|In a recent TEDx Talk, Davide Scaramuzza, Professor of Robotics at the Artificial Intelligence Lab of the University of Zurich presented some of the latest developments in autonomous flying robots. only the cameras on-board the robot to control navigation autonomously. According to Scaramuzza, with only on-board cameras, a robot can function just as people do with their own eyes.|
In order to be truly autonomous, current flying robots rely on GPS or motion-capture systems. Unfortunately, GPS does not work indoors, while motion-capture systems require prior modification of the environment where the robots are supposed to operate, which is not possible in environments that are still to be explored.
Step in Davide Scaramuzza, Professor of Robotics at the Artificial Intelligence Lab of the University of Zurich. His idea consists of using only the cameras on-board the robot to control navigation autonomously. According to Scaramuzza, cameras can function for a robot just as our own eyes do. They allow the robot to perceive the environment and safely navigate within it without bumping into obstacles.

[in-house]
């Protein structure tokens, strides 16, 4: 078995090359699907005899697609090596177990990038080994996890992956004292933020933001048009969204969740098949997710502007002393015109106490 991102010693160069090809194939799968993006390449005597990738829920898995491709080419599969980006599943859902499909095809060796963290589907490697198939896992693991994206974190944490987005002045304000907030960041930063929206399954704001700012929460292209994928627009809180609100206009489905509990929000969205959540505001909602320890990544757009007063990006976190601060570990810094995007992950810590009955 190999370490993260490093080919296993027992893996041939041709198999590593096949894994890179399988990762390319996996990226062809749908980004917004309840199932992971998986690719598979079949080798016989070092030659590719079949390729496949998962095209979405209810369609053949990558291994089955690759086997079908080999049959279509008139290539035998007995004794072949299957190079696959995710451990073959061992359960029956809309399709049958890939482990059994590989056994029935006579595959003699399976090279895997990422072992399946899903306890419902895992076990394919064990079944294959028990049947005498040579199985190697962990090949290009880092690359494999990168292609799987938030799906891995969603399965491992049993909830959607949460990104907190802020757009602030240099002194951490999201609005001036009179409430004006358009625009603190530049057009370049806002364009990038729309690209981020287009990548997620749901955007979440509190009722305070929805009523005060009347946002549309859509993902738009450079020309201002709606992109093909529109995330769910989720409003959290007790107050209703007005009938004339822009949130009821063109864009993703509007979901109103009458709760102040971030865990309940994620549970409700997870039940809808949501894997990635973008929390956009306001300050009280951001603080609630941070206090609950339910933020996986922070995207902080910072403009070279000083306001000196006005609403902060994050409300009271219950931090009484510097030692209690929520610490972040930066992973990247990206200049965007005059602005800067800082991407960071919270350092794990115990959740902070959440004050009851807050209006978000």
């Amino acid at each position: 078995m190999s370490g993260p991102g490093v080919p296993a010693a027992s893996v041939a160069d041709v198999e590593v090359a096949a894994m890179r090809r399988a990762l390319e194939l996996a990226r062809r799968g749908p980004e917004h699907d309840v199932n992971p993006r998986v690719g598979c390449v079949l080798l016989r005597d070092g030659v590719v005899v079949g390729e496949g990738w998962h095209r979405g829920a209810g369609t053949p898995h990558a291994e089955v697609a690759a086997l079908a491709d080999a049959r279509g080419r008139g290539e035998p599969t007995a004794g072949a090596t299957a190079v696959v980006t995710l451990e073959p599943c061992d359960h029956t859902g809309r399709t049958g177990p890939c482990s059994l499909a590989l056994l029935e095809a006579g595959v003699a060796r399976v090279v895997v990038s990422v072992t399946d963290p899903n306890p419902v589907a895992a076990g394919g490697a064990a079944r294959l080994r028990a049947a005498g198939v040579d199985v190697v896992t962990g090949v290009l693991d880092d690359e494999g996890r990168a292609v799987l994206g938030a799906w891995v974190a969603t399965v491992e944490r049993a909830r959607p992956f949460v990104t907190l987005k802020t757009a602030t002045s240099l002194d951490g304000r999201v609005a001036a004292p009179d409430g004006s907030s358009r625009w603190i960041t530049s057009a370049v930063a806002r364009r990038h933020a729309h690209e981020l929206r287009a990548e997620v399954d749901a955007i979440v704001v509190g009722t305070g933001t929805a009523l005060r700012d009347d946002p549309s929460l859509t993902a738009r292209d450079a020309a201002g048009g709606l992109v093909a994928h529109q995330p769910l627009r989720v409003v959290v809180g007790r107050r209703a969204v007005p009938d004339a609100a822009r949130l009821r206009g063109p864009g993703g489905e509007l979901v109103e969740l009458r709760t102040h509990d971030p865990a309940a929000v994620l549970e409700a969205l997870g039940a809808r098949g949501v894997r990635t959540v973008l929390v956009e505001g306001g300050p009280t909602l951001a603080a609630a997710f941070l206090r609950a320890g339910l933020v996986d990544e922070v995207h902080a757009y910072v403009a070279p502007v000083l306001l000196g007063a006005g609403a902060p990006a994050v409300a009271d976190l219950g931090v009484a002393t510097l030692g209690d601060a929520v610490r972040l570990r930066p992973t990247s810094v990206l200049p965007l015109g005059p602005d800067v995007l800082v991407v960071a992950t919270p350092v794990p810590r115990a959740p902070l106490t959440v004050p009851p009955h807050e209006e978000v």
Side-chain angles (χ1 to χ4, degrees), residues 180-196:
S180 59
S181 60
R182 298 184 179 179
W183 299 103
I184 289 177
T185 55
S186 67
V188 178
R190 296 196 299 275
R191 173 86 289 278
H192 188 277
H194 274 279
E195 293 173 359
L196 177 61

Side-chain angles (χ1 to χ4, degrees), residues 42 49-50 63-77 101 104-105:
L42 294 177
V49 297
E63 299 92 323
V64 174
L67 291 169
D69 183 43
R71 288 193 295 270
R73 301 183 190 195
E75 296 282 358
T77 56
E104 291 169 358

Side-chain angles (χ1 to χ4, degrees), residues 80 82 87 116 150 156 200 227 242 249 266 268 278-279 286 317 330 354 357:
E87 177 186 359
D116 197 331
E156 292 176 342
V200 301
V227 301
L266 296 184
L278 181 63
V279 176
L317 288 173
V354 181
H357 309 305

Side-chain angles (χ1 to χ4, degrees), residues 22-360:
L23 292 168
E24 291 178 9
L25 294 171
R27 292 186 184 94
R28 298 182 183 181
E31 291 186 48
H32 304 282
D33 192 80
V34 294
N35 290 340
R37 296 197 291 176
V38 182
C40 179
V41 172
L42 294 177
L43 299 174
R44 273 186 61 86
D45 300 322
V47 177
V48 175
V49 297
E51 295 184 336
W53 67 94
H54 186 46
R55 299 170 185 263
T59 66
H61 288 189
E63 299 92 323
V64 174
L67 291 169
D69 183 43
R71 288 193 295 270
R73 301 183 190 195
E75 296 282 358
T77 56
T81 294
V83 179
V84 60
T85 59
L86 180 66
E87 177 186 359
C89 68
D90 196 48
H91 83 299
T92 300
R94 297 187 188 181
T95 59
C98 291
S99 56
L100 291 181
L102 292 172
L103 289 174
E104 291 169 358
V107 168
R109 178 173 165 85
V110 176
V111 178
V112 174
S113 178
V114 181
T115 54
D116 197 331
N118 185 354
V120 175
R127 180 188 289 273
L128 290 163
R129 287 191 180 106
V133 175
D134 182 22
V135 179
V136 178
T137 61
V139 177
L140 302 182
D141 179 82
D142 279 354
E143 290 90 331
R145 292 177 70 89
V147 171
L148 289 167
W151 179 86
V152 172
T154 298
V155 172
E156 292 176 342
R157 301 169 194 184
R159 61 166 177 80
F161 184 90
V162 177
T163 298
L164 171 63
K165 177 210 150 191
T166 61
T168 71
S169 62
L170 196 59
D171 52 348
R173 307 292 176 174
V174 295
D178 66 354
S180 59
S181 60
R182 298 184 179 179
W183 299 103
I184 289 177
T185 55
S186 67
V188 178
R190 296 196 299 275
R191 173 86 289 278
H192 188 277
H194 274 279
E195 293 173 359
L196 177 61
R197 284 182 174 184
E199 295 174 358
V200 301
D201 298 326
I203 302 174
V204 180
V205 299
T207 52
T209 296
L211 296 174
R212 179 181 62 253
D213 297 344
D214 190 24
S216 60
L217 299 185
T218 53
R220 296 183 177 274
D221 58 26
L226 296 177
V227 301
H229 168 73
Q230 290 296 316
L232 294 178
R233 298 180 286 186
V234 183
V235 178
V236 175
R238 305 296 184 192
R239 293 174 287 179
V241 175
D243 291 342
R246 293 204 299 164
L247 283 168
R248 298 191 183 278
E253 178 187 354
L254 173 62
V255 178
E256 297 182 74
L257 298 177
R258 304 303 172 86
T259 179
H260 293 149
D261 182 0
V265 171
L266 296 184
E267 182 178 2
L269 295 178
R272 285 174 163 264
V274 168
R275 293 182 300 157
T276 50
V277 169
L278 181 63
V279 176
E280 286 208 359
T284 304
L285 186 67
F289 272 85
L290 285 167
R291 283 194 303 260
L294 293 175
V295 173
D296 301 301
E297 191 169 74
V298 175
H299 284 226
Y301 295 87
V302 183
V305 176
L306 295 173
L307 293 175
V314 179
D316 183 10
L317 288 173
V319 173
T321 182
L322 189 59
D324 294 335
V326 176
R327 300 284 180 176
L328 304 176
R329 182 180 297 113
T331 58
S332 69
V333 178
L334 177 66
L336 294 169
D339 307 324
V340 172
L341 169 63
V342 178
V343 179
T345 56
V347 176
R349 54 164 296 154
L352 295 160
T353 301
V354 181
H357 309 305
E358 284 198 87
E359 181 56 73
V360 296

Additionally, they allow the flying robot to build a map of the environment which can be used to plan the intervention of human rescuers. This process is known as Simultaneous Location And Mapping (SLAM).
Scaramuzza, co-author of Introduction to Autonomous Mobile Robots, leads the Robotics and Perception Group and Adjunct Faculty at ETH Zurich of the Master in Robotics Systems and Control. He received his PhD in 2008 in Robotics and Computer Vision at ETH Zurich. He was Postdoc a both ETH Zurich and the University of Pennsylvania , where he worked on autonomous navigation of micro aerial vehicles. From 2009 to 2012, he led the European project "sFly", which focused on autonomous navigation of micro helicopters in GPS-denied environments using vision as the main sensor mode.
For his research, he was awarded the Robotdalen Scientific Awards (2009) and the European Young Researcher Award (2012), sponsored by the IEEE and the European Commission. He is also author of the first open-source Omnidirectional Camera Calibration Toolbox for MATLAB (a popular software simulation tool), which, besides thousands of downloads worldwide, is also currently in use at NASA, Philips, Bosch, and Daimler. His research interests are field and service robotics, intelligent vehicles, and computer vision. Specifically, he investigates the use of cameras as the main sensors for robot navigation, mapping, exploration, reasoning, and interpretation. His interests encompass both ground and flying vehicles.
SOURCE TEDx Talks
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